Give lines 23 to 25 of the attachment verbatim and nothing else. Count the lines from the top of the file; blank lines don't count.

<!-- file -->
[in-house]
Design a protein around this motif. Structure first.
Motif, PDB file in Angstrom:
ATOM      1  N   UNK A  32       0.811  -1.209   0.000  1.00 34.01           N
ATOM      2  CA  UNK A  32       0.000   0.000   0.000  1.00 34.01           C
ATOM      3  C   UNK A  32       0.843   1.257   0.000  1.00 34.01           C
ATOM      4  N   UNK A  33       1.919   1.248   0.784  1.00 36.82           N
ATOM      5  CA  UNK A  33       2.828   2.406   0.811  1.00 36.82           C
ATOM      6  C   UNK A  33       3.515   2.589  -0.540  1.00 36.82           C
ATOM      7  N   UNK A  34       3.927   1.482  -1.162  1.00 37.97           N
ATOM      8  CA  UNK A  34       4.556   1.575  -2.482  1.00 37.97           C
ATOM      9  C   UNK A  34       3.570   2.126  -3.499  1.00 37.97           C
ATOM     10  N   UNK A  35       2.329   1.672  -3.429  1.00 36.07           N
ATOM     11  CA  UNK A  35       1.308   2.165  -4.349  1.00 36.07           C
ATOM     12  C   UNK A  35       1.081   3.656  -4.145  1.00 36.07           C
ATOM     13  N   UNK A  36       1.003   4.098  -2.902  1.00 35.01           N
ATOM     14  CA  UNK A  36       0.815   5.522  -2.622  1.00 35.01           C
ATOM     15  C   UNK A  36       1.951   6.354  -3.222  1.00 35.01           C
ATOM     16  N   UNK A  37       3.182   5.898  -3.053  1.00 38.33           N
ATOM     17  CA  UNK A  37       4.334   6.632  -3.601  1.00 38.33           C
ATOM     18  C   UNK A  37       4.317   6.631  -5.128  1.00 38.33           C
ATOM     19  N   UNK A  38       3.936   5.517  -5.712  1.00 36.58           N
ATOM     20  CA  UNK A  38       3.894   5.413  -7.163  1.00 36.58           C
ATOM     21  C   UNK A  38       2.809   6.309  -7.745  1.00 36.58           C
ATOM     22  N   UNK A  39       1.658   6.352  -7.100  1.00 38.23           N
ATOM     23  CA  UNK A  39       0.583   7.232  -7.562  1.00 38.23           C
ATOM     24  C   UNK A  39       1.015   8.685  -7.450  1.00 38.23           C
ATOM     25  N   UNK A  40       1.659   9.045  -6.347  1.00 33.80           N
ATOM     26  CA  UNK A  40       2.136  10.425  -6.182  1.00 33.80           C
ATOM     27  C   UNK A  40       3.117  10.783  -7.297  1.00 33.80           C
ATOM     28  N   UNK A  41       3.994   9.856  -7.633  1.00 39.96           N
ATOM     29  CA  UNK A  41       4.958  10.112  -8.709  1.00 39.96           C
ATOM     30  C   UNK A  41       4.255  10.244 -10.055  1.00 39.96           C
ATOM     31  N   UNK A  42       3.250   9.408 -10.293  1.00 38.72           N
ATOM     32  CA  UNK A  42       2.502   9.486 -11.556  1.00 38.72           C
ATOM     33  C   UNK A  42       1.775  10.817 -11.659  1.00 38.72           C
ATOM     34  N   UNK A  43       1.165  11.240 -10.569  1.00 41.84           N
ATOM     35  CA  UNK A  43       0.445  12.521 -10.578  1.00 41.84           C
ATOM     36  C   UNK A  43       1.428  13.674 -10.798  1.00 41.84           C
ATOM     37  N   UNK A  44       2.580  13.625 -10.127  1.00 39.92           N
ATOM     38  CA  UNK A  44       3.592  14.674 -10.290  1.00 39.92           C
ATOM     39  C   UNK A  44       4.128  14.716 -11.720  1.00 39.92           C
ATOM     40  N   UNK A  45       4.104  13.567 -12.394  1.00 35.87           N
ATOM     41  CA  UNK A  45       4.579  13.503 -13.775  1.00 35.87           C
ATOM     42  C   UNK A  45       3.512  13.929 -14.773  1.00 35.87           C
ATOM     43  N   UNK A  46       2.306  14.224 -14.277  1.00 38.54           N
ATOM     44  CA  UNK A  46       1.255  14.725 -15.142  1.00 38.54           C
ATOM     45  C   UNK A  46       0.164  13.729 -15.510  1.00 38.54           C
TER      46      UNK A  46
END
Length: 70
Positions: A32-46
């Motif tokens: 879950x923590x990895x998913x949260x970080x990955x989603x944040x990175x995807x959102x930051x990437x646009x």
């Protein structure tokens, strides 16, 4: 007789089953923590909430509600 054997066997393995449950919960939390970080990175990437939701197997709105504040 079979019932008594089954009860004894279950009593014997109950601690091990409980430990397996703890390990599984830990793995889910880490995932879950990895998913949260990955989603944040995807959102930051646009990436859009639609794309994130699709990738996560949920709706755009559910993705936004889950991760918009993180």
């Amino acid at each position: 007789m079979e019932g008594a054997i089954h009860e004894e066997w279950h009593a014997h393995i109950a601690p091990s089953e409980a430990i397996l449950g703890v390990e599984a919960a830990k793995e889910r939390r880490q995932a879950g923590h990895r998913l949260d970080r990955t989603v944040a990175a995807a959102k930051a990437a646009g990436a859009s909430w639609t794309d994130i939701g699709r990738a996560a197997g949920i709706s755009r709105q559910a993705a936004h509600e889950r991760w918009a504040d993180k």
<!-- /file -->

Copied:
ATOM     20  CA  UNK A  38       3.894   5.413  -7.163  1.00 36.58           C
ATOM     21  C   UNK A  38       2.809   6.309  -7.745  1.00 36.58           C
ATOM     22  N   UNK A  39       1.658   6.352  -7.100  1.00 38.23           N